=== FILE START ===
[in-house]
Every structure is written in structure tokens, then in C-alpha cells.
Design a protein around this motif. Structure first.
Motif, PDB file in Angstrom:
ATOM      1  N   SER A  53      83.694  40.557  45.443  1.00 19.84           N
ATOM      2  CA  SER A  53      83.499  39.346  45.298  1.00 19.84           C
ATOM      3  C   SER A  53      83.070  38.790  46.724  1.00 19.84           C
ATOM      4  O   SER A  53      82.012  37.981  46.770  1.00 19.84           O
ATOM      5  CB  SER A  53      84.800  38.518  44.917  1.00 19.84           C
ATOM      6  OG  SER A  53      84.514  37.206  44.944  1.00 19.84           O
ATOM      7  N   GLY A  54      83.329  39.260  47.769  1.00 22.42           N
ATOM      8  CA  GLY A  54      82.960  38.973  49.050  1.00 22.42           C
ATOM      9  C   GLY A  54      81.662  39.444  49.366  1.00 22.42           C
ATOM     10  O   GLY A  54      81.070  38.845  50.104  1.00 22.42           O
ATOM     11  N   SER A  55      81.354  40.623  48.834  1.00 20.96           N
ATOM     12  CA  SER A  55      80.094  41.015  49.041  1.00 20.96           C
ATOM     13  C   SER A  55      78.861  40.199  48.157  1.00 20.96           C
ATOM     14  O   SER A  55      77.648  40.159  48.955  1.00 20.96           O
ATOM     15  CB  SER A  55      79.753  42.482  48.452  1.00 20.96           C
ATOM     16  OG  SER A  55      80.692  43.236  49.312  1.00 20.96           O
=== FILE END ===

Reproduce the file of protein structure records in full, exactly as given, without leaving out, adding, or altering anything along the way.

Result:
[in-house]
Every structure is written in structure tokens, then in C-alpha cells.
Design a protein around this motif. Structure first.
Motif, PDB file in Angstrom:
ATOM      1  N   SER A  53      83.694  40.557  45.443  1.00 19.84           N
ATOM      2  CA  SER A  53      83.499  39.346  45.298  1.00 19.84           C
ATOM      3  C   SER A  53      83.070  38.790  46.724  1.00 19.84           C
ATOM      4  O   SER A  53      82.012  37.981  46.770  1.00 19.84           O
ATOM      5  CB  SER A  53      84.800  38.518  44.917  1.00 19.84           C
ATOM      6  OG  SER A  53      84.514  37.206  44.944  1.00 19.84           O
ATOM      7  N   GLY A  54      83.329  39.260  47.769  1.00 22.42           N
ATOM      8  CA  GLY A  54      82.960  38.973  49.050  1.00 22.42           C
ATOM      9  C   GLY A  54      81.662  39.444  49.366  1.00 22.42           C
ATOM     10  O   GLY A  54      81.070  38.845  50.104  1.00 22.42           O
ATOM     11  N   SER A  55      81.354  40.623  48.834  1.00 20.96           N
ATOM     12  CA  SER A  55      80.094  41.015  49.041  1.00 20.96           C
ATOM     13  C   SER A  55      78.861  40.199  48.157  1.00 20.96           C
ATOM     14  O   SER A  55      77.648  40.159  48.955  1.00 20.96           O
ATOM     15  CB  SER A  55      79.753  42.482  48.452  1.00 20.96           C
ATOM     16  OG  SER A  55      80.692  43.236  49.312  1.00 20.96           O